With a little research, a thrilling, culturally rich getaway to London can be a reality for you and your family. But where to your start with the planning process? Here’s a few basic tips to get you started in organizing a great family trip to this vibrant city.
Prep for the Plane
London will have countless stimuli to keep the kids entertained and busy. But the plane ride that so many families dread can sometimes be the biggest hurdle. Have adequate activities, snacks, and distractions to handle a long haul flight.
Take Advantage of Family Events
London is famous for a myriad of free and fun happenings year-round that welcome families. Certain festivals can be a blast for kiddos, as well as events held at attractions like the Tower of London, Warner Bros. Studio Tour London – The Making of Harry Potter, and the aquarium. Make plans in advance as these spots can fill up quickly.
Know the Differences
Although London has a similar feel to the way things work in the U.S., there are a few key things to know to help make the trip run smoothly. If bringing your own electronics, consider investing in some converters for the different sized outlets. Exchange some currency ahead of time to show the little ones the new coins and notes. Taxis, a subway system, and cars can all be used regularly in the city, but the subway, or Tube, is most popular. Speaking of cars, people in England drive on the opposite side of the road which can take some time getting used to when reserving a rental.
Do Research on Accommodation
Hotels in London can be a maze of possibilities. Choose first what will work best for your situation, like a vacation home rental, cozy B&B or a larger chain where you can rack up loyalty points. Then pair down the neighborhoods for price and location. Families can focus on perks such as included breakfast, being near a subway line, or even childcare services.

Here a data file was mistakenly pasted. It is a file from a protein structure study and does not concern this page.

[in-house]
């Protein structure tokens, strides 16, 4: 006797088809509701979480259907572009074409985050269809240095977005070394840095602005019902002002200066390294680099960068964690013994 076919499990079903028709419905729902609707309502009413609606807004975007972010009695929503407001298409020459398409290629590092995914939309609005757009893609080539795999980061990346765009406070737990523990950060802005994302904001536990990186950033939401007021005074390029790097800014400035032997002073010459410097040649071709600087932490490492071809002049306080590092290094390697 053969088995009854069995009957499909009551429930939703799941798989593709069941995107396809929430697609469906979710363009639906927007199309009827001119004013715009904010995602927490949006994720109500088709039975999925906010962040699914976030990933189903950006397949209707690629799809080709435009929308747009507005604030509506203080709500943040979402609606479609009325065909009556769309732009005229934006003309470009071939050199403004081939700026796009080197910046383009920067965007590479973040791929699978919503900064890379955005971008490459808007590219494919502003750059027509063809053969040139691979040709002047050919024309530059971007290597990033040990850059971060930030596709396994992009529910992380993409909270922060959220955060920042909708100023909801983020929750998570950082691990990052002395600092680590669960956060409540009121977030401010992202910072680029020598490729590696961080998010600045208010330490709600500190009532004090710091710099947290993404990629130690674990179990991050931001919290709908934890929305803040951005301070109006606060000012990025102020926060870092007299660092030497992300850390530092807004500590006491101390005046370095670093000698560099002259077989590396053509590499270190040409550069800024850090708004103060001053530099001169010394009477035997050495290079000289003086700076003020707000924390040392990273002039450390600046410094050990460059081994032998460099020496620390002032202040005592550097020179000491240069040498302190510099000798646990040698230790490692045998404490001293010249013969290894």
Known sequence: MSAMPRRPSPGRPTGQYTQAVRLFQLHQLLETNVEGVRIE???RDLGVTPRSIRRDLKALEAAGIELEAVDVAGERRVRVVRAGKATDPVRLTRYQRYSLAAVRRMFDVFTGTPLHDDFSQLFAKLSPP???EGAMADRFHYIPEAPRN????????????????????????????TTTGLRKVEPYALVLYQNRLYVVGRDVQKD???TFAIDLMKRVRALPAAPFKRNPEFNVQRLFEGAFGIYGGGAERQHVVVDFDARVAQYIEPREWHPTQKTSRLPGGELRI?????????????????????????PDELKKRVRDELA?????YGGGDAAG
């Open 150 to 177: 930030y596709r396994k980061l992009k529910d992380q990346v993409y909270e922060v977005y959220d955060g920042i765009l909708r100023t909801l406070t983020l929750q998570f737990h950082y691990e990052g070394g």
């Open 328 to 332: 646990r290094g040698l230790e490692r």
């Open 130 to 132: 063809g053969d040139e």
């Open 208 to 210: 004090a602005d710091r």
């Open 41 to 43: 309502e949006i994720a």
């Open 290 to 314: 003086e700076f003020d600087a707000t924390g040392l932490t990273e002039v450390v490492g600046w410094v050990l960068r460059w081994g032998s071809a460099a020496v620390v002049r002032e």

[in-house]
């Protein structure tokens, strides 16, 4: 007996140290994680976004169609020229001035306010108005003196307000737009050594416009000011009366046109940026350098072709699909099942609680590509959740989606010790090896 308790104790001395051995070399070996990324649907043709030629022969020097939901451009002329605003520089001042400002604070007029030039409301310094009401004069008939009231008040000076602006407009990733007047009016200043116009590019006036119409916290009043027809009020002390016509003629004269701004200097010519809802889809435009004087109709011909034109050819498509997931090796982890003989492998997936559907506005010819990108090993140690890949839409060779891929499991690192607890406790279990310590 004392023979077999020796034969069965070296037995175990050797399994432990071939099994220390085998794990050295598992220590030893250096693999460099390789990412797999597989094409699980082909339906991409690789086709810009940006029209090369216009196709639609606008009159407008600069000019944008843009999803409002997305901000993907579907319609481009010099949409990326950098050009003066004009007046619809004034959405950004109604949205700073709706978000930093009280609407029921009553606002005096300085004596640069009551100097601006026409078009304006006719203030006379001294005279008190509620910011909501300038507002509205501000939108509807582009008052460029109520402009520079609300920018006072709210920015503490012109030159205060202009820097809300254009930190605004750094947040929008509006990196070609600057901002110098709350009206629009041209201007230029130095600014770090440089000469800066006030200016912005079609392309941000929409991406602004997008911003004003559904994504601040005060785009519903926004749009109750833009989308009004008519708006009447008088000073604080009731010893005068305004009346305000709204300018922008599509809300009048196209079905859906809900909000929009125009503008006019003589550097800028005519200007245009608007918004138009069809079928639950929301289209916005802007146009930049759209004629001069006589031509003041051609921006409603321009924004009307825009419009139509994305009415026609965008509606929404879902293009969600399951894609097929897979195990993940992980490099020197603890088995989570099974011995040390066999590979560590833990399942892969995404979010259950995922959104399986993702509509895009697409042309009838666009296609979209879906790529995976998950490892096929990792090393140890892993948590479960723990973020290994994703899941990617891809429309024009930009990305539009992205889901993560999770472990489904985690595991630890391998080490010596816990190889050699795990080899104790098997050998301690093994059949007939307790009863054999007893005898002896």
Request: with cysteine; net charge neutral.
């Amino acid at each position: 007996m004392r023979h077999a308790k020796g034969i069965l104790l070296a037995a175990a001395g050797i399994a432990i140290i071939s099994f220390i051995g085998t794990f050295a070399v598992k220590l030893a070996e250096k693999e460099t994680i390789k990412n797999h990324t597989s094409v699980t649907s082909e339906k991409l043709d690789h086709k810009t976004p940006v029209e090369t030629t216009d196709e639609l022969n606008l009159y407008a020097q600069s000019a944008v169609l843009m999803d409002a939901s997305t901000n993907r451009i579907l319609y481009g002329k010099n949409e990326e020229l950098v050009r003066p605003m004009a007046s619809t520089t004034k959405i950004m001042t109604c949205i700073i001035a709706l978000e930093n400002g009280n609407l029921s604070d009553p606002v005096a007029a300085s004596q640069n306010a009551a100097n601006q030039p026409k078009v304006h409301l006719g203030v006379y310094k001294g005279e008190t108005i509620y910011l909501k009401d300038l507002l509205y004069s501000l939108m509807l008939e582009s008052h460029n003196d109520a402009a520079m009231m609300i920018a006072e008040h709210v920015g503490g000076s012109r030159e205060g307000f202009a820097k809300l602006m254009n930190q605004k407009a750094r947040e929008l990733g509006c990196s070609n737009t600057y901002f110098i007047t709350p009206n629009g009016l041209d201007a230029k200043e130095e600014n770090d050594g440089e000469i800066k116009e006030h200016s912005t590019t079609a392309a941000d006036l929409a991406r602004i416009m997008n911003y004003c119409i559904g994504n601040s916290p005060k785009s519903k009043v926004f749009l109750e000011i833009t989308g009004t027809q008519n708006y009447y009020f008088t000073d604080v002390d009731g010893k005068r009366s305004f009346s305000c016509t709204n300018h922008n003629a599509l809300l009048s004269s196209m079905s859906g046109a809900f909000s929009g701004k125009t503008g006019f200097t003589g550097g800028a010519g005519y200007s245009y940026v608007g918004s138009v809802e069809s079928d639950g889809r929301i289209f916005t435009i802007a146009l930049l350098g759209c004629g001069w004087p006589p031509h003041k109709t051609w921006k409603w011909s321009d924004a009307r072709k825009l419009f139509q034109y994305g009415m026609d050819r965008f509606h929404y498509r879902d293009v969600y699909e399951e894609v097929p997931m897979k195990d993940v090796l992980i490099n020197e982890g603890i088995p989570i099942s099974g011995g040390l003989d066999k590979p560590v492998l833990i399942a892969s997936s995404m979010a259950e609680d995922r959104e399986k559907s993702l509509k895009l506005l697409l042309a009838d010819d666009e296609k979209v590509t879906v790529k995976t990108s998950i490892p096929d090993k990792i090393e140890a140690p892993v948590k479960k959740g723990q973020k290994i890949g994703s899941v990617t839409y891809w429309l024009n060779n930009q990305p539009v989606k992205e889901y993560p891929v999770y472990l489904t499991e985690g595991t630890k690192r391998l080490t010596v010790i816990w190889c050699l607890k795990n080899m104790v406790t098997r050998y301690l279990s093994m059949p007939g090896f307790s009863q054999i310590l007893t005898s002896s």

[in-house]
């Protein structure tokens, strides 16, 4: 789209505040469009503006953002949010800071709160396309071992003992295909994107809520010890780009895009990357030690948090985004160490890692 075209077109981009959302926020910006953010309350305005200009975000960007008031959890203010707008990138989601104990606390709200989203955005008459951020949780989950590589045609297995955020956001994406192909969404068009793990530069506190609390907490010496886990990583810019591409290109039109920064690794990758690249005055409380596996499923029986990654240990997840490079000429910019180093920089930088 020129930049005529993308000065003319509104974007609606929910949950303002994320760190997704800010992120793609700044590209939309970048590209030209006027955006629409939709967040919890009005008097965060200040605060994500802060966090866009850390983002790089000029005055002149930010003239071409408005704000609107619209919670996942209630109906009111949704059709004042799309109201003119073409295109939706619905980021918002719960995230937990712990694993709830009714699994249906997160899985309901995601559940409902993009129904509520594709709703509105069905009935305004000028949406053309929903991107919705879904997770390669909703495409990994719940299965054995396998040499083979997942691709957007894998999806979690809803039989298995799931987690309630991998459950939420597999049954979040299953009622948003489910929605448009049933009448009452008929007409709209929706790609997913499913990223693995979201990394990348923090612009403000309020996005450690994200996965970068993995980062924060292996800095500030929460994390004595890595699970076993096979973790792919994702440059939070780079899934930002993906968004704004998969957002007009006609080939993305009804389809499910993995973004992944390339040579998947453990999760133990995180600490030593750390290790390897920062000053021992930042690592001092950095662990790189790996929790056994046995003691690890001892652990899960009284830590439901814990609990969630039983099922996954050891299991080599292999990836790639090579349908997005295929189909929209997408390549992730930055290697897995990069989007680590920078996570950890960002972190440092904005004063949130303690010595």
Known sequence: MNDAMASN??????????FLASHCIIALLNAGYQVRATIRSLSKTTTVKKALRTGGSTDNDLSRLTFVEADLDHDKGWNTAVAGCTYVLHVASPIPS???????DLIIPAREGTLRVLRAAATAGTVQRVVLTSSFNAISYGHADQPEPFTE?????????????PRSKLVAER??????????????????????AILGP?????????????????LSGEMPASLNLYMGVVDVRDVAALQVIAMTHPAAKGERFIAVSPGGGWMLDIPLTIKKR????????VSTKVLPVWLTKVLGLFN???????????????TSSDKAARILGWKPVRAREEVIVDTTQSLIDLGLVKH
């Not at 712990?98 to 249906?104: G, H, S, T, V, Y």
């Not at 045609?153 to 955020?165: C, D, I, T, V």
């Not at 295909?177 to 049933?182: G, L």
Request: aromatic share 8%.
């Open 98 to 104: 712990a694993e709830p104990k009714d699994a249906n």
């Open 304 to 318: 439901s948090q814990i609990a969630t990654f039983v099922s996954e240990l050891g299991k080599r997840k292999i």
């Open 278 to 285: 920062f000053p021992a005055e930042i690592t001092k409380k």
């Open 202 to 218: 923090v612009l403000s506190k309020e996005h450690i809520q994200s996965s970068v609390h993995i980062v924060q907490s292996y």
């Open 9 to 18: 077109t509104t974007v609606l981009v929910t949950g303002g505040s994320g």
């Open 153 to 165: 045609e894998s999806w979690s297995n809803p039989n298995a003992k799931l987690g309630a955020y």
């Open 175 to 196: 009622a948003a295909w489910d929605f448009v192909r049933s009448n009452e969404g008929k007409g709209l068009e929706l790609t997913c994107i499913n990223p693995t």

Have a Fun Language Lesson
The kids are going to love all the ‘funny’ way people in London say certain things. To avoid some finger pointing or on the fly questions, go over a few ways American English and British English can be different. For instance, Londoners call a truck a ‘lorry’, cookies are ‘biscuits’, and people often say ‘cheers’ meaning thank you.
Share Other Traveler Stories
Kids will love knowing other kids just like them have done some traveling too. Plenty of other children young and old have shared their ideas and thoughts about what their favorite things are to do in London in books and online. Check out real stories written by other kids in our Globetrotter section, including this real experience from 13-year-old Katanna.
Leave Room for Spontaneity
When undergoing a big family adventure across the pond, it can be tempting to plan every moment to make the trip perfect. But London’s wonderful surprises are what can make time spent in the city magical. Wander into a restaurant unplanned, see a show that catches your eye or bring the kids to a museum you stumble on.
Let us know if we can help in achieving your travel goals, we love to offer personal tips and advice – ask away.